Date of Award

8-1976

Degree Type

Thesis

Degree Name

Master of Science (MS)

Department

Biological Sciences

First Advisor

Dr. Parmely H. Pritchard

Abstract

This project has dealt with the use of multistage continuous culture systems to model the fate of diesel oil in Lake Ontario. It has attempted to determine what happens to the oil after it is initially attacked by bacteria and subsequently dispersed into the water column. This study has successfully generated information which heretofore has not been obtainable in laboratory experiments. It has been shown that even under conditions which are more ideal than those in Lake Ontario (i.e. higher amounts of nitrogen and phosphorous) the oil is degraded very slowly. To date there has never been complete degradation in the systems, although it has been substantially modified by the bacterial activities.

It was discovered that the degradation of oil by bacteria does not lead to its complete destruction but instead results in a transformation process in which the oil hydrocargons are converted into various end products. The chemical nature of these end products is as yet unknown but they appear to be more resistant to degradation and possibly more toxic than the original oil.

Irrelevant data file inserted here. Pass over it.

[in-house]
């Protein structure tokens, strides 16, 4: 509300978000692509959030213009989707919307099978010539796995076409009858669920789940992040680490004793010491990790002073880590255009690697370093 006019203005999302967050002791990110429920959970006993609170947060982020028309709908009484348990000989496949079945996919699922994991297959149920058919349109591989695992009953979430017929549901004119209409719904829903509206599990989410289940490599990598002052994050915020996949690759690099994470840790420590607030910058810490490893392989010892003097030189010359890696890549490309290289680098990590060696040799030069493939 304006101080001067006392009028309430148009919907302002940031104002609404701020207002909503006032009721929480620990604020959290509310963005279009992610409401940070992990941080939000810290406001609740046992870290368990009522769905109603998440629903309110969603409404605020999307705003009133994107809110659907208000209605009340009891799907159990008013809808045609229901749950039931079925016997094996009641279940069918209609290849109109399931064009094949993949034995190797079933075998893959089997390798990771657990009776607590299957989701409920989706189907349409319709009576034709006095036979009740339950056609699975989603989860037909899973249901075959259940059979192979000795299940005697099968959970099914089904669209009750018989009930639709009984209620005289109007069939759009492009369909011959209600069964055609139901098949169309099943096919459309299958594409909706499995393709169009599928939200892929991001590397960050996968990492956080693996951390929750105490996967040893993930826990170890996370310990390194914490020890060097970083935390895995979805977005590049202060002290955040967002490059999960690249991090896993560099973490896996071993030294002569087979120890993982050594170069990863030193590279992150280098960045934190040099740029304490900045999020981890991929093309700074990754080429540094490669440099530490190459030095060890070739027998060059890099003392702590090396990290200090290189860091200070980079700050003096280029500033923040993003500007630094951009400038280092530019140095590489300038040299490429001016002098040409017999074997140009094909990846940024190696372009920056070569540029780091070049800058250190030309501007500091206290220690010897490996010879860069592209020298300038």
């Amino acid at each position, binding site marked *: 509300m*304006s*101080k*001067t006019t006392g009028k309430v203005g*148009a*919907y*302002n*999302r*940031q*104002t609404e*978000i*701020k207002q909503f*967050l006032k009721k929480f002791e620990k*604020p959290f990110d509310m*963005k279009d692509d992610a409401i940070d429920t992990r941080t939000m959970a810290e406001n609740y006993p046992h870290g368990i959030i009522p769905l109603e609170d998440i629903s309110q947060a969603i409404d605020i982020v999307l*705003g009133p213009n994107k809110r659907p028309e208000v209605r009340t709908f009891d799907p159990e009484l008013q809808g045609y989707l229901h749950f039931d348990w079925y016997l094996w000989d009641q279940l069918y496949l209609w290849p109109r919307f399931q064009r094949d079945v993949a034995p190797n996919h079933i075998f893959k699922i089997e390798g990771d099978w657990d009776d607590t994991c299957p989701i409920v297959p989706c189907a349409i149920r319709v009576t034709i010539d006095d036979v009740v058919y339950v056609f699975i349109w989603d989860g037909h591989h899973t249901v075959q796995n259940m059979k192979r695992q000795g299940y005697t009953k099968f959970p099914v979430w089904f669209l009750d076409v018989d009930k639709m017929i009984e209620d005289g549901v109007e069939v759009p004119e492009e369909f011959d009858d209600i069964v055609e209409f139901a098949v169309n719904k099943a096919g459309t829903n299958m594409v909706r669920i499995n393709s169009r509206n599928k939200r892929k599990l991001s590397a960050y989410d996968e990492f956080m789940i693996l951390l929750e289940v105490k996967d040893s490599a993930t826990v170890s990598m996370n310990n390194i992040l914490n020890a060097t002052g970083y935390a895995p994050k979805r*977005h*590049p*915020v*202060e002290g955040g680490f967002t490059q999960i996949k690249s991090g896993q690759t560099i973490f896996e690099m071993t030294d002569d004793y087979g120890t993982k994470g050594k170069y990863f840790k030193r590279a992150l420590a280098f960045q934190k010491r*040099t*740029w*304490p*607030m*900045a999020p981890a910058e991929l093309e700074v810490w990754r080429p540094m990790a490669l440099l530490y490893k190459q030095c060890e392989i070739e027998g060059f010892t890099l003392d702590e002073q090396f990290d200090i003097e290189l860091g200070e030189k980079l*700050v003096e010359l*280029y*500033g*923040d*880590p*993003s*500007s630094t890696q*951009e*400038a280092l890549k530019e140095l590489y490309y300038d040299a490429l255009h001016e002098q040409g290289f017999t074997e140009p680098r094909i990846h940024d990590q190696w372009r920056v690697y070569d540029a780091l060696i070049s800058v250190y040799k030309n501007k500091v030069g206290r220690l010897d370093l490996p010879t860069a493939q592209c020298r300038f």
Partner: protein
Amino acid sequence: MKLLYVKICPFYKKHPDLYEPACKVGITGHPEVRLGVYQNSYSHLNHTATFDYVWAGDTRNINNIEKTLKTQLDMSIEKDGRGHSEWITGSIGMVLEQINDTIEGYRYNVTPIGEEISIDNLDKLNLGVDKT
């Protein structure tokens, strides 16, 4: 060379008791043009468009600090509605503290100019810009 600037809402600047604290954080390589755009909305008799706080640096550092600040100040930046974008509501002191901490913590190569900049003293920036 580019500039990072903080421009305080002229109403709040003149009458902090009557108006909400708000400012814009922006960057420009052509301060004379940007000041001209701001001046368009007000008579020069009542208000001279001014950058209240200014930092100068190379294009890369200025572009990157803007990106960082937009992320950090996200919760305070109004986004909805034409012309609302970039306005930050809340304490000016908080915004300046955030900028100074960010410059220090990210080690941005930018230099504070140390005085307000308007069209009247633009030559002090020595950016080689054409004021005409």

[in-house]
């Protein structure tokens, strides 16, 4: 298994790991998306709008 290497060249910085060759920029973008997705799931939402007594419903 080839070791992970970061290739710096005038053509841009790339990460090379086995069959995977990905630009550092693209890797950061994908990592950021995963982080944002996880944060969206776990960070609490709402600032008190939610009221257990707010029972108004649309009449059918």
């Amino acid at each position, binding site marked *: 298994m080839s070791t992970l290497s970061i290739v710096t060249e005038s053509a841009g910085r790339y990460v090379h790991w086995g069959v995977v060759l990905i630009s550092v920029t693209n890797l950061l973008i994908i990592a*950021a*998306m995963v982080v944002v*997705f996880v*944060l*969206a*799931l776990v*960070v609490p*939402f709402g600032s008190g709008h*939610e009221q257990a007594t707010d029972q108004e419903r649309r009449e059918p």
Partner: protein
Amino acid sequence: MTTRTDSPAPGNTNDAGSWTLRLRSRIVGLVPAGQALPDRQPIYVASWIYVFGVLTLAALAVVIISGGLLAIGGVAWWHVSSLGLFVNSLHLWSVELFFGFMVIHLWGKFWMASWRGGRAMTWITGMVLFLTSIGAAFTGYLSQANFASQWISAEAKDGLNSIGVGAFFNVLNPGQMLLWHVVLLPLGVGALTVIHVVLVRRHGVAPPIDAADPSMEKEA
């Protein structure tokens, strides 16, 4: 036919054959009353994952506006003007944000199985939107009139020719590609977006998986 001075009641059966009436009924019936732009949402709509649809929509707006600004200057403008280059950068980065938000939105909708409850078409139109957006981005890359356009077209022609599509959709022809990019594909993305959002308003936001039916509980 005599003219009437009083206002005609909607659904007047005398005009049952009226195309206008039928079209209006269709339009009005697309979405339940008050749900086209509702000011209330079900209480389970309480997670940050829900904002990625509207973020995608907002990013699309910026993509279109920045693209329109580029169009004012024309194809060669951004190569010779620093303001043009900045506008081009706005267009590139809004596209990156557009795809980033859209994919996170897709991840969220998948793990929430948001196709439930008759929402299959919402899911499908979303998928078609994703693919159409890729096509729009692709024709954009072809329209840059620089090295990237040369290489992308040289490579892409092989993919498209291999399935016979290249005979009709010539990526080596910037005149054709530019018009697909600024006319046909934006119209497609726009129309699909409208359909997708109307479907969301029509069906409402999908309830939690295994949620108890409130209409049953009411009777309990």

Evidence is also presented indicating that oil droplets adhering to surfaces will undergo a more rapid and complete degradation than oil droplets which are freely suspended in the water column.

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